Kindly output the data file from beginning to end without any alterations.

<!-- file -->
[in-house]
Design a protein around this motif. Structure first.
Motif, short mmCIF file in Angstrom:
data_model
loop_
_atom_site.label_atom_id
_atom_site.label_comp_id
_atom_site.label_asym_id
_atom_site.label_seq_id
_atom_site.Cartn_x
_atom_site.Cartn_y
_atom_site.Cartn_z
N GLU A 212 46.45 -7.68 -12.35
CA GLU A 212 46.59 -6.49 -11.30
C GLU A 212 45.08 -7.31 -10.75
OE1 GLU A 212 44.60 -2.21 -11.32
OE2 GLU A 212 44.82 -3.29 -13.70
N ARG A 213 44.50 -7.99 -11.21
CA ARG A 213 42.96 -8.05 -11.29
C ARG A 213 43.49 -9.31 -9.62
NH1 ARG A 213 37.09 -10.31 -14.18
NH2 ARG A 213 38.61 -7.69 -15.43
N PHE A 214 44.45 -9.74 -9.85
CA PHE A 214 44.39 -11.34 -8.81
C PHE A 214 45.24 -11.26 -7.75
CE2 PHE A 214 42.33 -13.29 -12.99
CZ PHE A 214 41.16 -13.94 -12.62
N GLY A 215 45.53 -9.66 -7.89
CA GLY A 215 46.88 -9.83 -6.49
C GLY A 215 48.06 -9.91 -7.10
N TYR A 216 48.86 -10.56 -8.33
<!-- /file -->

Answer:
[in-house]
Design a protein around this motif. Structure first.
Motif, short mmCIF file in Angstrom:
data_model
loop_
_atom_site.label_atom_id
_atom_site.label_comp_id
_atom_site.label_asym_id
_atom_site.label_seq_id
_atom_site.Cartn_x
_atom_site.Cartn_y
_atom_site.Cartn_z
N GLU A 212 46.45 -7.68 -12.35
CA GLU A 212 46.59 -6.49 -11.30
C GLU A 212 45.08 -7.31 -10.75
OE1 GLU A 212 44.60 -2.21 -11.32
OE2 GLU A 212 44.82 -3.29 -13.70
N ARG A 213 44.50 -7.99 -11.21
CA ARG A 213 42.96 -8.05 -11.29
C ARG A 213 43.49 -9.31 -9.62
NH1 ARG A 213 37.09 -10.31 -14.18
NH2 ARG A 213 38.61 -7.69 -15.43
N PHE A 214 44.45 -9.74 -9.85
CA PHE A 214 44.39 -11.34 -8.81
C PHE A 214 45.24 -11.26 -7.75
CE2 PHE A 214 42.33 -13.29 -12.99
CZ PHE A 214 41.16 -13.94 -12.62
N GLY A 215 45.53 -9.66 -7.89
CA GLY A 215 46.88 -9.83 -6.49
C GLY A 215 48.06 -9.91 -7.10
N TYR A 216 48.86 -10.56 -8.33